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March 20, 2006

In The Wake Of Cyclone Larry - the lesson of preparedness

Topics: Natural Disasters Cyclone Larry hit the north Queensland town of Innisfail, causing major property damage, but no casualties. It is interesting to be able to compare the difference between the devastation and the lack of proper preparedness during hurricane Katrina and the current situation with a category 5 cyclone here in Australia.

As soon as the people of Innisfail knew that they were the target of the approaching cyclone they were evacuated to safer areas - purpose-built shelters within the town.

In areas such as Cairns, Townsville and other Queensland coastal towns the threat of cyclones is similar to that of the threat of hurricanes in the USA. For this reason there are purpose built structures and as soon as the call to evacuate is given people take the necessary provisions and head for the designated shelters.

In 1989 I was present when cyclone Aivu hit the north Queensland town of Ayr, or at least I should say that I was living in Townsville at the time and we were evacuated because of the very real possibility that the cyclone could touch down in Townsville. Ayr is 50 miles down the road from Townsville. In this case the designated evacuation centre for my family was on the RAAF base since my husband was on standby with the Caribou aircraft. The building was purpose built to withstand the full force of a cyclone.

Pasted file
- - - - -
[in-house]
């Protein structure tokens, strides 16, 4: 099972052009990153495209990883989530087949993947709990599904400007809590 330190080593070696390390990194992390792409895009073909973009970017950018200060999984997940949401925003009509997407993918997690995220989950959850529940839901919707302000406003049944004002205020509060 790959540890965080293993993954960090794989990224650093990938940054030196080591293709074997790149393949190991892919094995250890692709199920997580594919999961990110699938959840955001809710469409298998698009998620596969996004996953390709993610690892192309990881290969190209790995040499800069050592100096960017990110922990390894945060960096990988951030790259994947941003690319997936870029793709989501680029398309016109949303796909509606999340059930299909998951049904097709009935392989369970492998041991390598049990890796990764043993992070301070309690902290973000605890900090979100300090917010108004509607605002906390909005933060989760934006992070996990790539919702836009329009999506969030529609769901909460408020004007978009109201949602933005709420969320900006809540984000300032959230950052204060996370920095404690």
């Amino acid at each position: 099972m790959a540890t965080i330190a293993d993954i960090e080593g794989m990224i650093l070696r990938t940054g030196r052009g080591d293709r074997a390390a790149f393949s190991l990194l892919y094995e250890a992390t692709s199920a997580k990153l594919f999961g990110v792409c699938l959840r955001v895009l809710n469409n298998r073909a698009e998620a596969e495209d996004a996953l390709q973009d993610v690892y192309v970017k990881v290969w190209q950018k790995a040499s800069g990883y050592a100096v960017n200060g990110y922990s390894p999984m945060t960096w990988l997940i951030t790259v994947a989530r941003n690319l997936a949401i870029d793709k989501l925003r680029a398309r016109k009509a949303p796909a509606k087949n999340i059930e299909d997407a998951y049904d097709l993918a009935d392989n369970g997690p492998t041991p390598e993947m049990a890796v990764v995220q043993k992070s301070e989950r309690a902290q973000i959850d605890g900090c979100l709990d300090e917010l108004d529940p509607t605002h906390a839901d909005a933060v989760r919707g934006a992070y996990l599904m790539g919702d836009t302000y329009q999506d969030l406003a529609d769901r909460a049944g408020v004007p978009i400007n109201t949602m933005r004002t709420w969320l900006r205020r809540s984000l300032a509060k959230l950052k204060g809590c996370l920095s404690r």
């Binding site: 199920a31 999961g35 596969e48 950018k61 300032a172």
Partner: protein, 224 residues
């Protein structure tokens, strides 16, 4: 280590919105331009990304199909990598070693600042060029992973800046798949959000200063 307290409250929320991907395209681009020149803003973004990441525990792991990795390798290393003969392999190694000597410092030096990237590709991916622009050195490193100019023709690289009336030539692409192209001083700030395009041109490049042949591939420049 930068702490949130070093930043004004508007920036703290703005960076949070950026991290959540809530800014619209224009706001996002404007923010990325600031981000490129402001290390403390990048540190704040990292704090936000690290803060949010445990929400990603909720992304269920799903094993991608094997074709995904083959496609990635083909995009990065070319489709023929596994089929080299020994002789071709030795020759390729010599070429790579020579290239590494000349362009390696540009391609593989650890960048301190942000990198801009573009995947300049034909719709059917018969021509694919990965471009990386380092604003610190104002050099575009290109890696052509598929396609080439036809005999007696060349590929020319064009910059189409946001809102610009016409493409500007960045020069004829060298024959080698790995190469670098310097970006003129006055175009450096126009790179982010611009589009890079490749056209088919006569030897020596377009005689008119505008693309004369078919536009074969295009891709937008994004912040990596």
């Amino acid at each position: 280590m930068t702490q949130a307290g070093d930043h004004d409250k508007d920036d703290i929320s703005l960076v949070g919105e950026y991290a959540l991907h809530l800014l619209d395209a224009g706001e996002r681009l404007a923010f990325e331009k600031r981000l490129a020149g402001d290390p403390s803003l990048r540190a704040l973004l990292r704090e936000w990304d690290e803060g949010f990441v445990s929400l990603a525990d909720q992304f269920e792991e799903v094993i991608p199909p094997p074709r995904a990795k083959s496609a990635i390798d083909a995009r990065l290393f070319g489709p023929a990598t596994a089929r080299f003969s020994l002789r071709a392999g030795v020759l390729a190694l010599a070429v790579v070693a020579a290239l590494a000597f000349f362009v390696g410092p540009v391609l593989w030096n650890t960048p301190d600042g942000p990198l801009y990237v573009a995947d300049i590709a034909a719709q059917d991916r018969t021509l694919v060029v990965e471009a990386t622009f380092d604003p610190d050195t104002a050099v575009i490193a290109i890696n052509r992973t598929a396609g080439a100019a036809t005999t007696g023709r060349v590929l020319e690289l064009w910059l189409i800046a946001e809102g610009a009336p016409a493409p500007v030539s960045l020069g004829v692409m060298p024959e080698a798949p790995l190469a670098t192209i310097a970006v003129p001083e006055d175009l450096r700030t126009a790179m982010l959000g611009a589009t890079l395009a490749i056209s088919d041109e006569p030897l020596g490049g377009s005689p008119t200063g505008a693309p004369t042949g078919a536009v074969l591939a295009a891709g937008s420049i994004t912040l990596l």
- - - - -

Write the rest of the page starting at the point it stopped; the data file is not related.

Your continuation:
One of the worst ever cyclones to hit Australia was Tracey. She hit Darwin on a Christmas eve. It is hard to believe that this happened more than 30 years ago. The houses in Darwin were flattened and there was a large loss of life (though not in the thousands). However, lessons were learned from Tracey and an effort was made to build houses designed to withstand the full force of a cyclone.

This form of preparedness for a natural disaster such as cyclone Larry that has hit Innisfail has meant an overall reduction in loss of life and damage to property. However, it appears that in Innisfail the number of homes that have been damaged is more than 50 per cent of the houses in the town.

Ben Creagh, a spokesman for Queensland state emergency has in fact pointed to the lessons that have been learned from Katrina and how it has helped the people of Queensland to avoid tthe kind of human suffering that followed in the wake of Katrina.

Posted by at March 20, 2006 11:49 PM

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